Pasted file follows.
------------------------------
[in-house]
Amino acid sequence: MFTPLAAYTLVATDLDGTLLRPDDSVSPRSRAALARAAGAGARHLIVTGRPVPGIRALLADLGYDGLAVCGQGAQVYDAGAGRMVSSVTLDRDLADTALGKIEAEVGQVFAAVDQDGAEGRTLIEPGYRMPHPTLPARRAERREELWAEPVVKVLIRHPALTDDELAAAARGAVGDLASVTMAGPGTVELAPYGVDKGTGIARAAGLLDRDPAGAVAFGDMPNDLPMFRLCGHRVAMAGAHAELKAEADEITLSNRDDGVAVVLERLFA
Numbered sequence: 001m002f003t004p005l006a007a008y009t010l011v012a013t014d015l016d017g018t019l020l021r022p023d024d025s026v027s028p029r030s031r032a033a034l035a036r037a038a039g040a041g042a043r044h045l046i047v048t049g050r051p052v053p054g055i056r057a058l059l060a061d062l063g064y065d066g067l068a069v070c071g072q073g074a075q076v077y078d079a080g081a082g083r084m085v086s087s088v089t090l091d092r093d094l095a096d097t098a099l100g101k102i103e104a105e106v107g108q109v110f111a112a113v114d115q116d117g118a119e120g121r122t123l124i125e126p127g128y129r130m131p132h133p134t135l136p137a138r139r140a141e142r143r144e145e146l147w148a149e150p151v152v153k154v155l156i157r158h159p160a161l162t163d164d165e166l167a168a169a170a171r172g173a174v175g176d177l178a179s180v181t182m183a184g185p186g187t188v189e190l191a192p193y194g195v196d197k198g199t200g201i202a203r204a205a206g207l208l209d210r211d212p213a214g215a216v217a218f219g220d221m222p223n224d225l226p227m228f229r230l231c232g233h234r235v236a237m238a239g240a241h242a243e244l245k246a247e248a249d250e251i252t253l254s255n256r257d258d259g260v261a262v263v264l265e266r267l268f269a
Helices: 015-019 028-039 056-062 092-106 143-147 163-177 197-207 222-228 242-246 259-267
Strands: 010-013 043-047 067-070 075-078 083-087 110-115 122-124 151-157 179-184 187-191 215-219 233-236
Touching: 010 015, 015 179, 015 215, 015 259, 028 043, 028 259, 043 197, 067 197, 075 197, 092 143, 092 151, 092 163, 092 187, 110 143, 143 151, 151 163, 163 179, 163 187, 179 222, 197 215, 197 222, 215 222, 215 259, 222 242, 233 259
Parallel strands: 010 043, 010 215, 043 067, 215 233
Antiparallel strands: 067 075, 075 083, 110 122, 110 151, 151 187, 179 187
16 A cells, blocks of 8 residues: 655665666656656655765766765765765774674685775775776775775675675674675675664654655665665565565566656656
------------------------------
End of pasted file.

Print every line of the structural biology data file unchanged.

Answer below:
[in-house]
Amino acid sequence: MFTPLAAYTLVATDLDGTLLRPDDSVSPRSRAALARAAGAGARHLIVTGRPVPGIRALLADLGYDGLAVCGQGAQVYDAGAGRMVSSVTLDRDLADTALGKIEAEVGQVFAAVDQDGAEGRTLIEPGYRMPHPTLPARRAERREELWAEPVVKVLIRHPALTDDELAAAARGAVGDLASVTMAGPGTVELAPYGVDKGTGIARAAGLLDRDPAGAVAFGDMPNDLPMFRLCGHRVAMAGAHAELKAEADEITLSNRDDGVAVVLERLFA
Numbered sequence: 001m002f003t004p005l006a007a008y009t010l011v012a013t014d015l016d017g018t019l020l021r022p023d024d025s026v027s028p029r030s031r032a033a034l035a036r037a038a039g040a041g042a043r044h045l046i047v048t049g050r051p052v053p054g055i056r057a058l059l060a061d062l063g064y065d066g067l068a069v070c071g072q073g074a075q076v077y078d079a080g081a082g083r084m085v086s087s088v089t090l091d092r093d094l095a096d097t098a099l100g101k102i103e104a105e106v107g108q109v110f111a112a113v114d115q116d117g118a119e120g121r122t123l124i125e126p127g128y129r130m131p132h133p134t135l136p137a138r139r140a141e142r143r144e145e146l147w148a149e150p151v152v153k154v155l156i157r158h159p160a161l162t163d164d165e166l167a168a169a170a171r172g173a174v175g176d177l178a179s180v181t182m183a184g185p186g187t188v189e190l191a192p193y194g195v196d197k198g199t200g201i202a203r204a205a206g207l208l209d210r211d212p213a214g215a216v217a218f219g220d221m222p223n224d225l226p227m228f229r230l231c232g233h234r235v236a237m238a239g240a241h242a243e244l245k246a247e248a249d250e251i252t253l254s255n256r257d258d259g260v261a262v263v264l265e266r267l268f269a
Helices: 015-019 028-039 056-062 092-106 143-147 163-177 197-207 222-228 242-246 259-267
Strands: 010-013 043-047 067-070 075-078 083-087 110-115 122-124 151-157 179-184 187-191 215-219 233-236
Touching: 010 015, 015 179, 015 215, 015 259, 028 043, 028 259, 043 197, 067 197, 075 197, 092 143, 092 151, 092 163, 092 187, 110 143, 143 151, 151 163, 163 179, 163 187, 179 222, 197 215, 197 222, 215 222, 215 259, 222 242, 233 259
Parallel strands: 010 043, 010 215, 043 067, 215 233
Antiparallel strands: 067 075, 075 083, 110 122, 110 151, 151 187, 179 187
16 A cells, blocks of 8 residues: 655665666656656655765766765765765774674685775775776775775675675674675675664654655665665565565566656656